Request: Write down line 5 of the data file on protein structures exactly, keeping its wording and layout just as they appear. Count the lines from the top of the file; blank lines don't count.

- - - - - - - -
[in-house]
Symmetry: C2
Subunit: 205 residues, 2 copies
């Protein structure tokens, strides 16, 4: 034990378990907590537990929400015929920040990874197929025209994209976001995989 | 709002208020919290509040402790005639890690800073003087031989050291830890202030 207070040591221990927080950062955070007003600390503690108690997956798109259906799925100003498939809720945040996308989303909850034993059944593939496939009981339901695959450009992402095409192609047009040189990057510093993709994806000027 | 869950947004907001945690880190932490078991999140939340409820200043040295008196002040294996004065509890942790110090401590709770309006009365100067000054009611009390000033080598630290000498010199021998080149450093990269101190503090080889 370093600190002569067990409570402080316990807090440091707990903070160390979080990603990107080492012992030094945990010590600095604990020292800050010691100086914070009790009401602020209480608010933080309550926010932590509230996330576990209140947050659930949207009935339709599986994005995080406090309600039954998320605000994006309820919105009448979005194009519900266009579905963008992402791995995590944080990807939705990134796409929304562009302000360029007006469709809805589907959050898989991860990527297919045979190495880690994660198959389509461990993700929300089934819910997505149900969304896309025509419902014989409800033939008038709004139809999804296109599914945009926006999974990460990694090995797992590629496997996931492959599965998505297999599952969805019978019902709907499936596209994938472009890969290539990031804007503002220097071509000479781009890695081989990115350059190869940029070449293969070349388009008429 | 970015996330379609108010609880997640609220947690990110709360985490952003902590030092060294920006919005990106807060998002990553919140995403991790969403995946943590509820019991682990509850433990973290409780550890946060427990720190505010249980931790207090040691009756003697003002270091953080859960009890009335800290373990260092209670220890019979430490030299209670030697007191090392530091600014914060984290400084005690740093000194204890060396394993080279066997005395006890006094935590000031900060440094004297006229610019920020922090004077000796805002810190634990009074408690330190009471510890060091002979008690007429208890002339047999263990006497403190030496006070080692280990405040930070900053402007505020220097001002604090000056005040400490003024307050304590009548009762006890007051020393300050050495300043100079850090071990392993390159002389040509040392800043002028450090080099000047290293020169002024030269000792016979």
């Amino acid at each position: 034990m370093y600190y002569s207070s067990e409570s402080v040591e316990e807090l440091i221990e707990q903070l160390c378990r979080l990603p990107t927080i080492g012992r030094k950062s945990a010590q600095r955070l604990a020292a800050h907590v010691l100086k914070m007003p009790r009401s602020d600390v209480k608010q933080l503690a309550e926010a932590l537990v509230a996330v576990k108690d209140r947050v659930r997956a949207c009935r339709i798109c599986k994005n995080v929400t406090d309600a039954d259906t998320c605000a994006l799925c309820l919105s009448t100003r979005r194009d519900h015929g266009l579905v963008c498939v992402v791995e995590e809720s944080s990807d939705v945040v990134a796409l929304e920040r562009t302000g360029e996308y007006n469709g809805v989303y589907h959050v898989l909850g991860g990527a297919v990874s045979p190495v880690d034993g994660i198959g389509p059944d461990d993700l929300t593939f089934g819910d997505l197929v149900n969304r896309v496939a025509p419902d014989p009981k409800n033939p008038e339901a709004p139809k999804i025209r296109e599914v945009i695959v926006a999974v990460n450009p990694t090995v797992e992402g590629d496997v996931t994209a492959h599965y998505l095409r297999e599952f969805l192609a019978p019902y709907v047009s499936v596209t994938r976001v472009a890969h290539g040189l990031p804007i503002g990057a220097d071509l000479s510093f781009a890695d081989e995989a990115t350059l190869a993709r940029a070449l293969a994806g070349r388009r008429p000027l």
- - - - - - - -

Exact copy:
């Amino acid at each position: 034990m370093y600190y002569s207070s067990e409570s402080v040591e316990e807090l440091i221990e707990q903070l160390c378990r979080l990603p990107t927080i080492g012992r030094k950062s945990a010590q600095r955070l604990a020292a800050h907590v010691l100086k914070m007003p009790r009401s602020d600390v209480k608010q933080l503690a309550e926010a932590l537990v509230a996330v576990k108690d209140r947050v659930r997956a949207c009935r339709i798109c599986k994005n995080v929400t406090d309600a039954d259906t998320c605000a994006l799925c309820l919105s009448t100003r979005r194009d519900h015929g266009l579905v963008c498939v992402v791995e995590e809720s944080s990807d939705v945040v990134a796409l929304e920040r562009t302000g360029e996308y007006n469709g809805v989303y589907h959050v898989l909850g991860g990527a297919v990874s045979p190495v880690d034993g994660i198959g389509p059944d461990d993700l929300t593939f089934g819910d997505l197929v149900n969304r896309v496939a025509p419902d014989p009981k409800n033939p008038e339901a709004p139809k999804i025209r296109e599914v945009i695959v926006a999974v990460n450009p990694t090995v797992e992402g590629d496997v996931t994209a492959h599965y998505l095409r297999e599952f969805l192609a019978p019902y709907v047009s499936v596209t994938r976001v472009a890969h290539g040189l990031p804007i503002g990057a220097d071509l000479s510093f781009a890695d081989e995989a990115t350059l190869a993709r940029a070449l293969a994806g070349r388009r008429p000027l």